"From early on, very early on, I understood that art is not about what you say. It’s about these other things that you don’t say."
ART21: There must be a fine line between making a representation of war and aestheticizing it.
LÊ: The kind of work that I make is not the standard political work. It’s not agitprop. You would think, because I’ve seen so much devastation and lived through a war, that I should make something that’s outwardly antiwar. But I am not categorically against war. I was more interested in drawing people into my work, to think about the issues that envelop war—representations of war, landscape and terrain in war. When I’m working with the military, I still think of myself as a landscape photographer. My main goal is to try to photograph landscape in such a way that it suggests a universal history, a personal history, a history of culture. But I also wanted to address issues of preparation, moral and military. It drew me in, but at the same time it was repellent. I’m fascinated by the military structure, by strategy, the idea of a battle, the gear. But at the same time, how do you resolve the impact of it? What it is meant to do is just horrible.
But war can be beautiful. I think it’s the idea of the sublime—moments that are horrific but, at the same time, beautiful— moments of communion with the landscape and nature. And it’s that beauty that I wanted to embrace in my work. I think that’s why the work seems ambiguous. And it’s meant to be. War is an inextricable part of the history of high civilization; I think it’s here to stay. But I also think we need to try to avoid it as much as possible. I was not so interested in making work that you see on the news page, which has the effect of wanting you to condemn war immediately. I wanted to approach the idea in a more complicated and challenging way.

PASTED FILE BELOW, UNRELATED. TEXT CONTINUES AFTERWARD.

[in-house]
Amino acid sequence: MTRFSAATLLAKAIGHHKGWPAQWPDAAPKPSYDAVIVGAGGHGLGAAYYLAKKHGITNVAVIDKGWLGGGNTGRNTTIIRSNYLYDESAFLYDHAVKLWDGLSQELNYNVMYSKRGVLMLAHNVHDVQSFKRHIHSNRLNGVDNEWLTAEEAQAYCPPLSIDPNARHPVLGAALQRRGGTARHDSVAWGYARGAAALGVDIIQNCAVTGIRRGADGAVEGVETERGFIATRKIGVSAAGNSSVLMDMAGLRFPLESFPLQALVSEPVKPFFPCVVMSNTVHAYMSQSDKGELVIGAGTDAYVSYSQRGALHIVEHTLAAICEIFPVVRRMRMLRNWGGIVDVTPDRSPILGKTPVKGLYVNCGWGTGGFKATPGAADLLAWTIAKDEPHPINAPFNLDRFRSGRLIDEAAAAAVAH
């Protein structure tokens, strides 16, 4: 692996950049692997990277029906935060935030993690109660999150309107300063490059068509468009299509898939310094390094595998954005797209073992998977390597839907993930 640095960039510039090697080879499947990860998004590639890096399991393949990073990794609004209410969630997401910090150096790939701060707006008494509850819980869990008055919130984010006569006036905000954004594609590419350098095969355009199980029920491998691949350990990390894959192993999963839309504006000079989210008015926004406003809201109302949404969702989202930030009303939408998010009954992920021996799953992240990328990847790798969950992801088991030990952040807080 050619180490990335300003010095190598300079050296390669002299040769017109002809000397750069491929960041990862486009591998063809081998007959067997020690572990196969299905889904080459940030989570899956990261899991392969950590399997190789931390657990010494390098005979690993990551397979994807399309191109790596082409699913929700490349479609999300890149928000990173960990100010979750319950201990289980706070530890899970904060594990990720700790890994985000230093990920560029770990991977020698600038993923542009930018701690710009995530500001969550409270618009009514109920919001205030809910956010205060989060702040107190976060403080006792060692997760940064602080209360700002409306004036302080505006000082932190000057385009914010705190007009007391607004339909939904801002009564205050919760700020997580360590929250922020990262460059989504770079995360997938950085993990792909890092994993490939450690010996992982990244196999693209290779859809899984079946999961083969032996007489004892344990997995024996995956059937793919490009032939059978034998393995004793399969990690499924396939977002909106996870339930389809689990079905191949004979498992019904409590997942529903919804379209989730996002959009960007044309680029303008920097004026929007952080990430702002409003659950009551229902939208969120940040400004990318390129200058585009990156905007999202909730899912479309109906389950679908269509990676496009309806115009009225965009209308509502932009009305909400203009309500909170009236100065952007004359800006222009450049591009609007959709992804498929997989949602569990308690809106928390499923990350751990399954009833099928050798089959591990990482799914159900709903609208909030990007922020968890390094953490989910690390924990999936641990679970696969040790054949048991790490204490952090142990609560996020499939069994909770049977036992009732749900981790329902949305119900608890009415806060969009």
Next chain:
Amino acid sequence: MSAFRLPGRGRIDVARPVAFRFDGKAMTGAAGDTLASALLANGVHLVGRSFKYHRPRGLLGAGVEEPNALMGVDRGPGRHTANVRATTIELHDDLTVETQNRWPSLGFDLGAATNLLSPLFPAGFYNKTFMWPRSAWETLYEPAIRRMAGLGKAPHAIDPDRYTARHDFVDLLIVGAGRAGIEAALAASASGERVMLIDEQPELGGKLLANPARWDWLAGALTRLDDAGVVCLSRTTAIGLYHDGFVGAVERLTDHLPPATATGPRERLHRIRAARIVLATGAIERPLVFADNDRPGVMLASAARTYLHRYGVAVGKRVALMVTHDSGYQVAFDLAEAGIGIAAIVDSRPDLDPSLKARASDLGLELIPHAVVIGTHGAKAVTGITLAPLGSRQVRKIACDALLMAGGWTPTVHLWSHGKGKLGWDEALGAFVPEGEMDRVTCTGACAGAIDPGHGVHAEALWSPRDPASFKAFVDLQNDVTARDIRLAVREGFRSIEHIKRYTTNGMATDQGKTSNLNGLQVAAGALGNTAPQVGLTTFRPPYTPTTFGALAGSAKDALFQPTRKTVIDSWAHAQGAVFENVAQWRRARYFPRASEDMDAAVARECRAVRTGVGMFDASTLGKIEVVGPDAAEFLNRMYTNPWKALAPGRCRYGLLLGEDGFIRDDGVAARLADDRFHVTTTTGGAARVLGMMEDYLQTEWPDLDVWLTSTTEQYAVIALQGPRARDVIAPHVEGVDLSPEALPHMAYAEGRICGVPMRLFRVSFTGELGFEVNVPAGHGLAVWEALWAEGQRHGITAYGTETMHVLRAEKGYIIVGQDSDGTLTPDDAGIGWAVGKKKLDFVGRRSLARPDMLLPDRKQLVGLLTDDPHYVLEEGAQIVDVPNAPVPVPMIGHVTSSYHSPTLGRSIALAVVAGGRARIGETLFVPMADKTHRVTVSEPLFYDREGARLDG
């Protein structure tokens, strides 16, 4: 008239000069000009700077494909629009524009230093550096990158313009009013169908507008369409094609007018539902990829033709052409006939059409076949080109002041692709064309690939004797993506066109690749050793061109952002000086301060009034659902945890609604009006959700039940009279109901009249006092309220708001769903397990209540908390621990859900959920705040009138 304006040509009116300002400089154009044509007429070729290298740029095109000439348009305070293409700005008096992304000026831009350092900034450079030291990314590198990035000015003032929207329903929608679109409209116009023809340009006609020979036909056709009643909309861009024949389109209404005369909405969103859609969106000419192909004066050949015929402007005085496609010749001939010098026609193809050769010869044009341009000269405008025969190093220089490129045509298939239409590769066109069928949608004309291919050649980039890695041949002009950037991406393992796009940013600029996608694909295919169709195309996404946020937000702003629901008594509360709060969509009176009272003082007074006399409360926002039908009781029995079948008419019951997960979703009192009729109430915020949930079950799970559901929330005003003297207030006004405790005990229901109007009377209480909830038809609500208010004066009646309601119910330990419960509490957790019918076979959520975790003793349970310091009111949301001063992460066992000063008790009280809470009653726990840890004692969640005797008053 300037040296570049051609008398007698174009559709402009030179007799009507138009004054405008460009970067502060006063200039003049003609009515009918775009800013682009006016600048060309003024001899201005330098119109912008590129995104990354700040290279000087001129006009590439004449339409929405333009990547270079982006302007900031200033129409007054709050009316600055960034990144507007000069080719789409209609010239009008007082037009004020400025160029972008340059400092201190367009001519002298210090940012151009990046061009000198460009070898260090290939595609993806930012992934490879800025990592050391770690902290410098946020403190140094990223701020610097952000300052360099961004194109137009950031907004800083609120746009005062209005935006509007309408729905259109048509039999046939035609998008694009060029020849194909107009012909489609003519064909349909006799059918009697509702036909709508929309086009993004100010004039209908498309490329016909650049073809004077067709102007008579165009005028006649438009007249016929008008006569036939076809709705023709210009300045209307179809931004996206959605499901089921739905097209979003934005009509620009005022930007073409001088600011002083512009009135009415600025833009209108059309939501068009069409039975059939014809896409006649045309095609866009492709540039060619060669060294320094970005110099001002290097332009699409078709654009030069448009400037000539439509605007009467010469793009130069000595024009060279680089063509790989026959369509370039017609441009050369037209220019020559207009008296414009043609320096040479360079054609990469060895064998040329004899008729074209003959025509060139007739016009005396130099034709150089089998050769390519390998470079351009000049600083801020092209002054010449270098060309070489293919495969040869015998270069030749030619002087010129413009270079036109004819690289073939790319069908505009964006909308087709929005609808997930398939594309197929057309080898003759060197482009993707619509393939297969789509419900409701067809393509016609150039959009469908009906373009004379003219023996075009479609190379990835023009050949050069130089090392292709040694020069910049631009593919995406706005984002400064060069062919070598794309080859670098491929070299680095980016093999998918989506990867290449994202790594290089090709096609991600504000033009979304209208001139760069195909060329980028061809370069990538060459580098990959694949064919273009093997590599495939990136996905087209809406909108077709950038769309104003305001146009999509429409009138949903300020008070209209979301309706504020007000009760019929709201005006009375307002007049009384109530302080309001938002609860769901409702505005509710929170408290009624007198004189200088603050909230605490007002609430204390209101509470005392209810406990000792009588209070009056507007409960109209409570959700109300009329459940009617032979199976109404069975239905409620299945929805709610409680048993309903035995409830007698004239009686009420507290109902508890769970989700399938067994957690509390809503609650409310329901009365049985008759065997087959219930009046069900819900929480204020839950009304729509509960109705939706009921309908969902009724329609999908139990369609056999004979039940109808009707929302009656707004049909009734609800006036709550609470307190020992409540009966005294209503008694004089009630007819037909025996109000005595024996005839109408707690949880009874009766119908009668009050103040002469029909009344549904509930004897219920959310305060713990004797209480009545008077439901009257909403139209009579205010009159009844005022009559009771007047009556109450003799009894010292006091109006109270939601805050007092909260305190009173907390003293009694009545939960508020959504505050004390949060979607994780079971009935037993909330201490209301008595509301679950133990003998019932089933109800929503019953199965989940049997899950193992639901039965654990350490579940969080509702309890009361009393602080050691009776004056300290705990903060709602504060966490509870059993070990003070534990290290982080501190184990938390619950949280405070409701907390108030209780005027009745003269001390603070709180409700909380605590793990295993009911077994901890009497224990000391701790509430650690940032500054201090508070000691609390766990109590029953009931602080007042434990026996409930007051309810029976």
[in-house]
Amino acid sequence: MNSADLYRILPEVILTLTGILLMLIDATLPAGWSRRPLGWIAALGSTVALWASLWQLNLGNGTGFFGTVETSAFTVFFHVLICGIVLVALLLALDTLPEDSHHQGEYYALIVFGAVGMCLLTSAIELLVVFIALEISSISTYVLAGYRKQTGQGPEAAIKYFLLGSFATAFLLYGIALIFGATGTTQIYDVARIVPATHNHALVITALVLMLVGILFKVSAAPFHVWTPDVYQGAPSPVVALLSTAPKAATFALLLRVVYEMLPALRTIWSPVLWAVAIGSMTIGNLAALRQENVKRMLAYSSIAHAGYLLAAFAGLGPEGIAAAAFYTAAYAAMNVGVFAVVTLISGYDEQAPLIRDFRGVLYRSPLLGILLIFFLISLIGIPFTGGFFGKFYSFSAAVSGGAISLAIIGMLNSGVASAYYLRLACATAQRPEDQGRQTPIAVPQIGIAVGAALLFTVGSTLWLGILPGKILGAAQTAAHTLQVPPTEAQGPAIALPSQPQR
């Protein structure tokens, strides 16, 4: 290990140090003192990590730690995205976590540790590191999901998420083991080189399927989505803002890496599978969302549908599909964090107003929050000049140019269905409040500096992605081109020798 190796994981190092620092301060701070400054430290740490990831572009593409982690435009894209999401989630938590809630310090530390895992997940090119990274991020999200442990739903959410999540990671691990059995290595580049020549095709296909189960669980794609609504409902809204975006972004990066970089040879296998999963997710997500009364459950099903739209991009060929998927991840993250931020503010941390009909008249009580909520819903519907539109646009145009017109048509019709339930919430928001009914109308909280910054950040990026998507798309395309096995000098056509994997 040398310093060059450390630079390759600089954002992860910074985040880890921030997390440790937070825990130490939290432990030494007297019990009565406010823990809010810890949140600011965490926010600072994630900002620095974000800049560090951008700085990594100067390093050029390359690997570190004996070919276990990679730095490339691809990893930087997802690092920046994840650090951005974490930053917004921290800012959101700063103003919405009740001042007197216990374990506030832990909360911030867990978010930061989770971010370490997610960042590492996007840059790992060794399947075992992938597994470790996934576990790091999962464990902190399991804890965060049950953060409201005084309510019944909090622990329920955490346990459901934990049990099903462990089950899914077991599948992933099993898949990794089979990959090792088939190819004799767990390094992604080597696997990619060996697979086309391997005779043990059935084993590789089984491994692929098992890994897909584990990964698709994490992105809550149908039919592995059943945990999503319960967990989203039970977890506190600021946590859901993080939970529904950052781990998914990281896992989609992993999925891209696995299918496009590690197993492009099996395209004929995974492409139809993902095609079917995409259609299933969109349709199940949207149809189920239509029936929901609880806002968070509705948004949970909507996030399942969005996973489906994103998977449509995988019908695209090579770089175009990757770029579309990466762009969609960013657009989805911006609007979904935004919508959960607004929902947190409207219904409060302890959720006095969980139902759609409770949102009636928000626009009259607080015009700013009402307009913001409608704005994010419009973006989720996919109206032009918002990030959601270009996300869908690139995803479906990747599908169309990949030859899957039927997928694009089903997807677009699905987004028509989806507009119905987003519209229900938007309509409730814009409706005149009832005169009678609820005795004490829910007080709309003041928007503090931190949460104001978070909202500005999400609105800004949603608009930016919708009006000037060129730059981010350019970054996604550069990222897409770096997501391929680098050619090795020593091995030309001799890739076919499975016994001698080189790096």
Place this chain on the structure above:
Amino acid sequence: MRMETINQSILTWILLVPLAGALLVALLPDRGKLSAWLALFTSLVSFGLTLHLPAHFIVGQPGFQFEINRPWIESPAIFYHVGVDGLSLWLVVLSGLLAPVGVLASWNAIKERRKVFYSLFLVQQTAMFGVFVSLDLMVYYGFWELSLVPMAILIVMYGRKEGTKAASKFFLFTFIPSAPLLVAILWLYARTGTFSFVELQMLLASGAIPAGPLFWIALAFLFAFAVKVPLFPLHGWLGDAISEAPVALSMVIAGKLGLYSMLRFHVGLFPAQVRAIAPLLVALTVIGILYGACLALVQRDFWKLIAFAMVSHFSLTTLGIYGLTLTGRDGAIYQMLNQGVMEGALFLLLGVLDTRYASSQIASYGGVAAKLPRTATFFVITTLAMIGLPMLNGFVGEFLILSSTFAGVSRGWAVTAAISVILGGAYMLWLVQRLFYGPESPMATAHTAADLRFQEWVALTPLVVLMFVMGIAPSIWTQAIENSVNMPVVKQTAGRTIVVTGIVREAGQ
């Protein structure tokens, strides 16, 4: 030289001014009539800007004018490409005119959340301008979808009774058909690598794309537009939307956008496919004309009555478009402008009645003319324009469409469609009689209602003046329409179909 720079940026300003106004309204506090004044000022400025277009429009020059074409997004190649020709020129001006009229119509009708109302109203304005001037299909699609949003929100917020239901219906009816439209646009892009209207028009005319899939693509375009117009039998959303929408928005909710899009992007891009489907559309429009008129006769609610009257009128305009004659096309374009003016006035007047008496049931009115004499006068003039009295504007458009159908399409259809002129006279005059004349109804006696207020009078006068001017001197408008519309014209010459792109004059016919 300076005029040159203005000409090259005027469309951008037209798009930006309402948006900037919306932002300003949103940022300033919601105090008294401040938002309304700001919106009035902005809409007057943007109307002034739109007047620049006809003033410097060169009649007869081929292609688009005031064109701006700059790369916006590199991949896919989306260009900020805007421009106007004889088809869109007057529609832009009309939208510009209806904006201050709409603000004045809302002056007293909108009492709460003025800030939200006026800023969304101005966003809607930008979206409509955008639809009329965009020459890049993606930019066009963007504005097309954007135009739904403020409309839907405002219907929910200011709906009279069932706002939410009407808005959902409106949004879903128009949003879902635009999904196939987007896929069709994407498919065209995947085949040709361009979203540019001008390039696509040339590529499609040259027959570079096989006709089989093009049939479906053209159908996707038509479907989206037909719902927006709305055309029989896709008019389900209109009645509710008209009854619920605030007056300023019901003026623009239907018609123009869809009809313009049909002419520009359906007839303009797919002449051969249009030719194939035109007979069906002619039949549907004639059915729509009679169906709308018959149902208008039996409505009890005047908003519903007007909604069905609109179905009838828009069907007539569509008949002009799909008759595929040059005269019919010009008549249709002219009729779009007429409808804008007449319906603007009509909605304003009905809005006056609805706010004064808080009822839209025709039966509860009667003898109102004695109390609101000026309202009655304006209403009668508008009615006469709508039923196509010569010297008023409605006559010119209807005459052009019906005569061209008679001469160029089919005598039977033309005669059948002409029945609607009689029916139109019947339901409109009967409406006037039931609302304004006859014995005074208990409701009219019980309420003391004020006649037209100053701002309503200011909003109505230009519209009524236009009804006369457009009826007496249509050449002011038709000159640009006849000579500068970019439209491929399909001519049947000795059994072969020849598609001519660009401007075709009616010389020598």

ART21: But the work is also a kind of protest.
LÊ: It is somewhat a condemnation of war. I think it was an awful mistake. And I think some of these marines and soldiers feel that it was a mistake. That’s something that I’ve learned about people who join the military, that it is a profession. Some of them have a natural [inclination] for it and want to join combat services, but for some it’s just a profession. Once they sign up, it is a job, and they want to do it well. So, no matter what happens, they give up their own decision-making and follow whatever the government decides. And they are just trying to finish that job. I think many of the marines and soldiers feel that we shouldn’t be there. Or maybe that what were trying to do has not really panned out.
ART21: There’s a quiet subtlety to your photographs of the Vietnam War reenactors. Why is that?
LÊ: The pictures of the reenactors shy away from some of the more subversive scenes that they performed—whether taking prisoners or their rough handling of the other camp. I didn’t find it fruitful to dwell on that or try to replicate some of the horrific moments that happened during the war. I stayed away from that, and obviously that comes from my personal background. But, with the help of the reenactors, this was a way to direct my own movie without having the means and potential to be my own director. I don’t have such a great imagination, so seeing certain things that they did inspired me. I was able to make a Vietnam War that was ultimately safe, a game. In that way, I was able to bring in my own experience.
ART21: Why have you’ve chosen black-and-white versus color photography for certain projects?